June 1, 2011

"Socialism never took root in America because the poor see themselves not as an exploited proletariat but as temporarily embarrassed millionaires."

Somebody at Metafilter is reminded of that Steinbeck quote after reading an AdAge white paper saying that "mass affluence" is over.

71 comments:

Fred4Pres said...

Steinbeck had some silly socialist ideas. But mostly the reason socialism never caught on has to do with the fact that the "poor" in America do pretty well compared to the poor and even the middle class in most of the world.

That is especially true today.

Fred4Pres said...

I liked Cannery Row and East of Eden.

Shouting Thomas said...

Ok, time for a cat fight. Meow!

$100k to $200k is a hell of a lot of money in most places, and plenty of money in just about every place. If you can't live on $100k to $200k, you need to get your priorities in order.

Steinbeck was an asshole and a writer, which often go together. He made up most of "Travels With Charlie" and the rest of his work was limousine liberalism.

Socialism never took root in America because it is a stupid Old World idea that has no compelling reason to exist in the great New World of cowboys and cowgirls.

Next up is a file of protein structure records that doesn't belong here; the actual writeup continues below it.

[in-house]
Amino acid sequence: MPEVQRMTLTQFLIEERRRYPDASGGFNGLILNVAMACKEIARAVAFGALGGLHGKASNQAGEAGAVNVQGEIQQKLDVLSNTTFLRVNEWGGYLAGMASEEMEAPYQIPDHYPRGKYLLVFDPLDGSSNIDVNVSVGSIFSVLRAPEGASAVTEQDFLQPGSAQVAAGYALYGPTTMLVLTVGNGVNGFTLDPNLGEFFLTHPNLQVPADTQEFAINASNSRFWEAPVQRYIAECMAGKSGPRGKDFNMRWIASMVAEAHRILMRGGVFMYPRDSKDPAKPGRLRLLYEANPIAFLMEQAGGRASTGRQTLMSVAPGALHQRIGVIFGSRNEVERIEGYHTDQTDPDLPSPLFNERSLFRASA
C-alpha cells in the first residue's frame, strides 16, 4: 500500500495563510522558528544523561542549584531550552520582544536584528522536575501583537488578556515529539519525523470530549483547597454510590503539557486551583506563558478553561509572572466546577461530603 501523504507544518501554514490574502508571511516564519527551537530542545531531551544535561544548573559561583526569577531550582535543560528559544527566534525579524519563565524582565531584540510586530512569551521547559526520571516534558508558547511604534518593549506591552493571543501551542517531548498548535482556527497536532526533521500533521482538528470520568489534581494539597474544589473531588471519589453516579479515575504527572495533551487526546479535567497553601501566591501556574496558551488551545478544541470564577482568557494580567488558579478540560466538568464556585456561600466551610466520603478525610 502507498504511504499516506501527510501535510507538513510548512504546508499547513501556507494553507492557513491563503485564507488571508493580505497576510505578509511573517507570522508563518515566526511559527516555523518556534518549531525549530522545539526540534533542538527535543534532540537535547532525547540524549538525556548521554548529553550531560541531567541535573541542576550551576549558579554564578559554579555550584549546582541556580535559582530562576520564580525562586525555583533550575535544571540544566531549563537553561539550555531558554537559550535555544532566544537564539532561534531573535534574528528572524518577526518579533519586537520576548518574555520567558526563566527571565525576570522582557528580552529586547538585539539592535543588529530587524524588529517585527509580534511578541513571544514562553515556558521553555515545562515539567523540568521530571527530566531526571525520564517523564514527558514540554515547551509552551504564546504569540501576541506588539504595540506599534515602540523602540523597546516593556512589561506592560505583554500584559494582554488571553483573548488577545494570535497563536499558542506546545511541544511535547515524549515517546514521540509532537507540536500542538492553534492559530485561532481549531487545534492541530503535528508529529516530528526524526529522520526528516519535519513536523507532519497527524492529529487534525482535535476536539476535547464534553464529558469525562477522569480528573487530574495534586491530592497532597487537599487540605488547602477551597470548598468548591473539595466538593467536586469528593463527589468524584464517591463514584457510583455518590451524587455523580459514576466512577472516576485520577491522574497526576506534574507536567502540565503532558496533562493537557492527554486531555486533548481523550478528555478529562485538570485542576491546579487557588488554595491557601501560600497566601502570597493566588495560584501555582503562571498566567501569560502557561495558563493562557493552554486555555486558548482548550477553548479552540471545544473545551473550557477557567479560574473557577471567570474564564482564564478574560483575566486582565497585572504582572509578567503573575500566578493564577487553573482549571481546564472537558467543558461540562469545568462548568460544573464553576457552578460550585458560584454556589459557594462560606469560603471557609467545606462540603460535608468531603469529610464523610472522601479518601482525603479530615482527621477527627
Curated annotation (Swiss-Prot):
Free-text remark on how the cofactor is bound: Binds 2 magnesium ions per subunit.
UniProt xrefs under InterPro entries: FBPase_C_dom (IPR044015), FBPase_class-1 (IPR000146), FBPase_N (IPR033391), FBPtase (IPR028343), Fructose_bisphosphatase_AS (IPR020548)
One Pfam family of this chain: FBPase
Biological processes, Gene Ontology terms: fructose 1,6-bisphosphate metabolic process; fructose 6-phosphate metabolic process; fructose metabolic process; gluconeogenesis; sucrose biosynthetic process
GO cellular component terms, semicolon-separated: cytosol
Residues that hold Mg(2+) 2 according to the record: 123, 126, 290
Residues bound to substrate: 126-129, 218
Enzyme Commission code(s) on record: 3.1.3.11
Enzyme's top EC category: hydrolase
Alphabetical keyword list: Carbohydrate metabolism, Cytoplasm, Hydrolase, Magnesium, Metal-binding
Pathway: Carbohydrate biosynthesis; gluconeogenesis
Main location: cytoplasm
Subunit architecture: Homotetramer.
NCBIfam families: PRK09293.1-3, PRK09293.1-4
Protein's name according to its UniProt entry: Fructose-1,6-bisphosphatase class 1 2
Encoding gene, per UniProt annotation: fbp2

Steinbeck was one of those jerks who wanted us to become Europeans. Who in the hell in their right mind wants to be a European? Where's their Chuck Berry?

Tyrone Slothrop said...

Just saw The Grapes of Wrath for the first time in thirty years. I hadn't realized it was directed by John Ford. It was as masterful a piece of cinematic art as can be found. I had fun explaining to my teens that that is what socialist propaganda looks like. Naive, trusting, generous Americans with no knowledge of Stalinist purges or Great Leaps Forward.

Fred4Pres said...

Steinbeck could afford to be a socialist and a bum because he was never really poor. He was an asshole, but most writers are.

I like that he thought Vietnam a noble cause and pissed off all his old leftist pals.

Fred4Pres said...

The movie GOW leaves out the ending of the young mother (who just lost her child) nursing the starving man who wanders into the camp. Hamfisted symbolism and terrible melodrama, I am sure Ford thought that part of the book pathetic.

jimbino said...

Plutocracy never took root in America because the rich see themselves not as privileged aristocracy but as temporarily flush homeless people.

traditionalguy said...

I love John Steinbeck. He was a wonderful observer of human life and a superior writer of words. The country Steinbeck lived in had cheap land and personal liberty possible where a responsible morale could be trusted to be free. Obama the Kenyan/Indonesian is a deadly collectivist who has put in fixed regulations favoring a few winners that we call Crony Capitalists. In Obama's perfectly ruled collective, middle class clingers are called "targets" that will have to be interned in FEMA Camps when the crash in food and energy prices destroys the money of everyone's but the Obama Gang capos issued World Electronic credits.